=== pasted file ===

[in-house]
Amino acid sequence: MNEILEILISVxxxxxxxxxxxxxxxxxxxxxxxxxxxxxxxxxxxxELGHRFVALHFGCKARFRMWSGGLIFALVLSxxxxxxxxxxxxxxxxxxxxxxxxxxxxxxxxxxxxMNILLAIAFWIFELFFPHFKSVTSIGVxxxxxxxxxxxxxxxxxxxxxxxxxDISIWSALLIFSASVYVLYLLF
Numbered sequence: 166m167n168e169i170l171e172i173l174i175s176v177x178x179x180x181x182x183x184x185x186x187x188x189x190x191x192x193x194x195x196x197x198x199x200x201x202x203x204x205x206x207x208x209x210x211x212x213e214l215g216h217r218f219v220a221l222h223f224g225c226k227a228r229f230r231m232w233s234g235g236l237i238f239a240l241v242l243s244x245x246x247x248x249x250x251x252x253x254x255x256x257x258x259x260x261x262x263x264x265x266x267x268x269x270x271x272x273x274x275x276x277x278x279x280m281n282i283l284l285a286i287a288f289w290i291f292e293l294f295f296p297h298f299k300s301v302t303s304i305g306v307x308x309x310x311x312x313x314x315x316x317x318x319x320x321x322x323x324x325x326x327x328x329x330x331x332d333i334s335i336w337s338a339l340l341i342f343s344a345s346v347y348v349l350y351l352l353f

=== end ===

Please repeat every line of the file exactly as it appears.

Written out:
[in-house]
Amino acid sequence: MNEILEILISVxxxxxxxxxxxxxxxxxxxxxxxxxxxxxxxxxxxxELGHRFVALHFGCKARFRMWSGGLIFALVLSxxxxxxxxxxxxxxxxxxxxxxxxxxxxxxxxxxxxMNILLAIAFWIFELFFPHFKSVTSIGVxxxxxxxxxxxxxxxxxxxxxxxxxDISIWSALLIFSASVYVLYLLF
Numbered sequence: 166m167n168e169i170l171e172i173l174i175s176v177x178x179x180x181x182x183x184x185x186x187x188x189x190x191x192x193x194x195x196x197x198x199x200x201x202x203x204x205x206x207x208x209x210x211x212x213e214l215g216h217r218f219v220a221l222h223f224g225c226k227a228r229f230r231m232w233s234g235g236l237i238f239a240l241v242l243s244x245x246x247x248x249x250x251x252x253x254x255x256x257x258x259x260x261x262x263x264x265x266x267x268x269x270x271x272x273x274x275x276x277x278x279x280m281n282i283l284l285a286i287a288f289w290i291f292e293l294f295f296p297h298f299k300s301v302t303s304i305g306v307x308x309x310x311x312x313x314x315x316x317x318x319x320x321x322x323x324x325x326x327x328x329x330x331x332d333i334s335i336w337s338a339l340l341i342f343s344a345s346v347y348v349l350y351l352l353f